Ever since The Children’s Trust cut back the row of trees adjacent to the A217, a Milestone was uncovered. Pia Chamberlain was asked to research this and let us know its provenance and meaning. The following is her fascinating report.
The recent clearance of the undergrowth along the A217 near Tadworth Court has revealed an old milestone which seems to have attracted the attention of a number of passing motorists. How old is it? What information does it give? Why is it there? To find an answer to these questions one needs to go back in history some 250 years or so.
Up until the middle of the 18th century the condition of roads throughout the country had been truly appalling, but the situation was set to change for a number of reasons. As more and more London merchants and gentry were contemplating having a residence in the Surrey countryside, they expected travel to and from the capital to become easier and more comfortable. As sea bathing for health reasons was becoming more fashionable among the rich, the newly created seaside resorts such as Brighton needed to be more directly accessible if they were to survive. Lastly better roads were needed to facilitate the transport of increasing quantities of food produced to satisfy the London market.
As a consequence a number of Acts were passed by Parliament to provide for the creation of turnpike trusts, which, it was hoped, would bring about the necessary road improvements. In exchange for keeping the roads in good repair these trusts were allowed to erect toll-bars or tollgates and to levy a fixed fee from road users.
A turnpike from Southwark to Sutton was authorised by Act of Parliament in 1718. The extension from Sutton to Reigate was authorised in 1755. The Reigate Turnpike Trust was set up initially for a period of 21 years. The trustees appointed included members of the local gentry and notables. They met for the first time on 15th April 1755 and decided to obtain an estimate for the work required to make the road passable. The steep rise of Reigate Hill was the main problem they had to tackle and in the end they opted for a solution which had the road bending round the hill past the Upper Lodge of Gatton Park.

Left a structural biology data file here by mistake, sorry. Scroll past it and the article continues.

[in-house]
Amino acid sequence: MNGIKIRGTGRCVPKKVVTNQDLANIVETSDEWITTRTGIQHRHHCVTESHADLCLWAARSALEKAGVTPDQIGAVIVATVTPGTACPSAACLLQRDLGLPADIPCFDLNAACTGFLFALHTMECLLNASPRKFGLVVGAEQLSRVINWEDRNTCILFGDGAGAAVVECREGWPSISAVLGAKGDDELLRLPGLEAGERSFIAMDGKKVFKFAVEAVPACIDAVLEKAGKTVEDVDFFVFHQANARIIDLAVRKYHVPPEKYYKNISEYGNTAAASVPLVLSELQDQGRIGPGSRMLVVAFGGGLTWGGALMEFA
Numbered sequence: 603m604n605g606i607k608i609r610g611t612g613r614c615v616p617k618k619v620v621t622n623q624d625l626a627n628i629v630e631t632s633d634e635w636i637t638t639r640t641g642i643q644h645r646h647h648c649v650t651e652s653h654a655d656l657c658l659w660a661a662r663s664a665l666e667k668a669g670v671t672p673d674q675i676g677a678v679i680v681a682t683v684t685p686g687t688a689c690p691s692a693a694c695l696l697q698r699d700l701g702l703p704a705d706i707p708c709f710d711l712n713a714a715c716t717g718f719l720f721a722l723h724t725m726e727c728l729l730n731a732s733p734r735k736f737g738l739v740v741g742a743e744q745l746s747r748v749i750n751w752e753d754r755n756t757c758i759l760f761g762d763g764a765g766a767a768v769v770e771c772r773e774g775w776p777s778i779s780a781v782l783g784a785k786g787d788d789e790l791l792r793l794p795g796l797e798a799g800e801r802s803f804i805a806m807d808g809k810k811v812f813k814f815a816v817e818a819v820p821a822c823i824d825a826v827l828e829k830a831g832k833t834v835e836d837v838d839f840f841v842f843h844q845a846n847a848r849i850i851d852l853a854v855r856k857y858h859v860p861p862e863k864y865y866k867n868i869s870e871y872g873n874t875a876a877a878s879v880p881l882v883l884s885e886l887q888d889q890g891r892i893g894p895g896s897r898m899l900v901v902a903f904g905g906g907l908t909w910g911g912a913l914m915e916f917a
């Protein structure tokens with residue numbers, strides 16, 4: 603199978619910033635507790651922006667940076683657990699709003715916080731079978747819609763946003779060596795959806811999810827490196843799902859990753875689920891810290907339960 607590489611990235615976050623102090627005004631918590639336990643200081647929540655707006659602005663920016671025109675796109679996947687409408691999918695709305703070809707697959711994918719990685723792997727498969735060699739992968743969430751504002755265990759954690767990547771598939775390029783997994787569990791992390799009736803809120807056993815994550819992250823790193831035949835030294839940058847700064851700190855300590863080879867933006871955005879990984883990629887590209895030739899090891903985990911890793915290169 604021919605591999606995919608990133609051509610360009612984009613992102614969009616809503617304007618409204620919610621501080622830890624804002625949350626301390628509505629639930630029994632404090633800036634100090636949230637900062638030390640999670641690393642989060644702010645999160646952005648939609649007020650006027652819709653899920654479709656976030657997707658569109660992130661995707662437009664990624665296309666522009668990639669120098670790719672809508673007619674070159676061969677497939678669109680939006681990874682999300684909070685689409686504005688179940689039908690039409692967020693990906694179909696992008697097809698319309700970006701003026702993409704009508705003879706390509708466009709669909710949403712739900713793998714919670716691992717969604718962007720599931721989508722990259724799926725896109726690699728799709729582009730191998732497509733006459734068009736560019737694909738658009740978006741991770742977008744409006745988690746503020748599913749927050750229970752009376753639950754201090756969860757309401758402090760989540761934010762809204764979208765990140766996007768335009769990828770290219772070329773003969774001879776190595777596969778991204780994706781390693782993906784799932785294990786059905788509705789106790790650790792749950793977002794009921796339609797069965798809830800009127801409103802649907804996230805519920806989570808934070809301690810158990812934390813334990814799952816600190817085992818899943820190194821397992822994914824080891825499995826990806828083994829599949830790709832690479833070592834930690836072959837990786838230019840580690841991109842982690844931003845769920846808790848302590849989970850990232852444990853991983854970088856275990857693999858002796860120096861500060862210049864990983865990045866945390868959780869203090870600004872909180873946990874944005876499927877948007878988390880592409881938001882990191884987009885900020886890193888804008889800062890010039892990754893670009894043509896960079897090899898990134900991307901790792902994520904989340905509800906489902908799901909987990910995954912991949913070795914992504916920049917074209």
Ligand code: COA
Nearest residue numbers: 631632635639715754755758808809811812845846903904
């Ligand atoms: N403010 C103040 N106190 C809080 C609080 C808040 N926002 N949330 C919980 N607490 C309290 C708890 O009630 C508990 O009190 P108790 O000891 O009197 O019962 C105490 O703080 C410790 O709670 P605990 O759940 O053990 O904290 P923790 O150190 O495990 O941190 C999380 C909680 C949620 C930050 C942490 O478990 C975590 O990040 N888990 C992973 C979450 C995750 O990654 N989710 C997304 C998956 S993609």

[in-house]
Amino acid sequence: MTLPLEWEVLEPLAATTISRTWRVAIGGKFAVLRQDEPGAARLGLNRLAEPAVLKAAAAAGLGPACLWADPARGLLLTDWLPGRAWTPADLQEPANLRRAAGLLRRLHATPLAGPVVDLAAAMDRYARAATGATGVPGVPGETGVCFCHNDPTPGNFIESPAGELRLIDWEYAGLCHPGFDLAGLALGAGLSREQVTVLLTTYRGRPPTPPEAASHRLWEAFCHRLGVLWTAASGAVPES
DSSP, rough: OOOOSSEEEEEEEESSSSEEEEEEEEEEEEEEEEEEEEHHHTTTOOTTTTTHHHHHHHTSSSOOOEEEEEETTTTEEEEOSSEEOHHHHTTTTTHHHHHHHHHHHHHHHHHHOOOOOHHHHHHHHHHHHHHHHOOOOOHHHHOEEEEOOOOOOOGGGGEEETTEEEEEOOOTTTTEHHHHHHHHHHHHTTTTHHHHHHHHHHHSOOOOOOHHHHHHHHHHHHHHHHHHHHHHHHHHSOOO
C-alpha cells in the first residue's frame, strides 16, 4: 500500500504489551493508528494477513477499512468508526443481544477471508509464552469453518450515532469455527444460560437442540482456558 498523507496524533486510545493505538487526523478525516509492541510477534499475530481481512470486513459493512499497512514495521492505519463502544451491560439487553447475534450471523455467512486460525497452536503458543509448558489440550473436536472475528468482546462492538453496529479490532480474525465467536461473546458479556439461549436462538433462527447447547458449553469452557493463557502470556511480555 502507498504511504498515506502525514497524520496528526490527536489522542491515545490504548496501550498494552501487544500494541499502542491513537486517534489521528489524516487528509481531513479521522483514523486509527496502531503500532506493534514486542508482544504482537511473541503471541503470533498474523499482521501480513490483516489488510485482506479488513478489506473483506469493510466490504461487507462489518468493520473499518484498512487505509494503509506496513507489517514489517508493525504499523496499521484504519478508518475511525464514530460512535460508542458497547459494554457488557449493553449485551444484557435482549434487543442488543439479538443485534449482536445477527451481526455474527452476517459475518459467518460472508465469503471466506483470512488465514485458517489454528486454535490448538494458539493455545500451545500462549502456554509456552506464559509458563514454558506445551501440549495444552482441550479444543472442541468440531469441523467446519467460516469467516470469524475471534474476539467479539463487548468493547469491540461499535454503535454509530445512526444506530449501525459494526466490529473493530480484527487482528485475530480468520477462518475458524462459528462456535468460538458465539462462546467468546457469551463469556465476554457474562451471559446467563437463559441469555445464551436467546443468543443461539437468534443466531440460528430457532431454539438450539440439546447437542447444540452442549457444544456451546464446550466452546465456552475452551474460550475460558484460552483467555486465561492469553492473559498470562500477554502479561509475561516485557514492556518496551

From July 1755 and for the following twelve months some considerable work to rebuild and widen the stretch from Tadworth Court to the Ruffett Wood tollgate in Lower Kingswood was undertaken. Two tollgates were erected on the Kingswood stretch, one at the level of Copt Hill Lane, the other, as already mentioned, at Ruffett Wood, in Lower Kingswood (the adjacent picture shows the Tadworth tollgate in 1870).
The tolls were fixed by Parliament and had to be clearly displayed. They were repeatedly increased and later based, for carts and wagons, on the width of their wheels. Tolls varied according to the seasons and there were numerous exceptions, which the tollgate keeper had to bear in mind when calculating the amount due.
There was understandably quite a lot of ill-feeling on the part of the travellers at suddenly being charged for using roads which had always been freely accessible in the past and attacks on tollgate keepers were not uncommon. Circumnavigation of the gates was another problem and an obstruction had to be put in place to foil such attempts. As for the keepers themselves, they were not always beyond reproach either and were often accused of being drunk on duty and greedy.
Drovers, who had to pay for their animals by the score, were particularly averse to using the turnpike roads and mostly kept to the tracks they had been following in the past.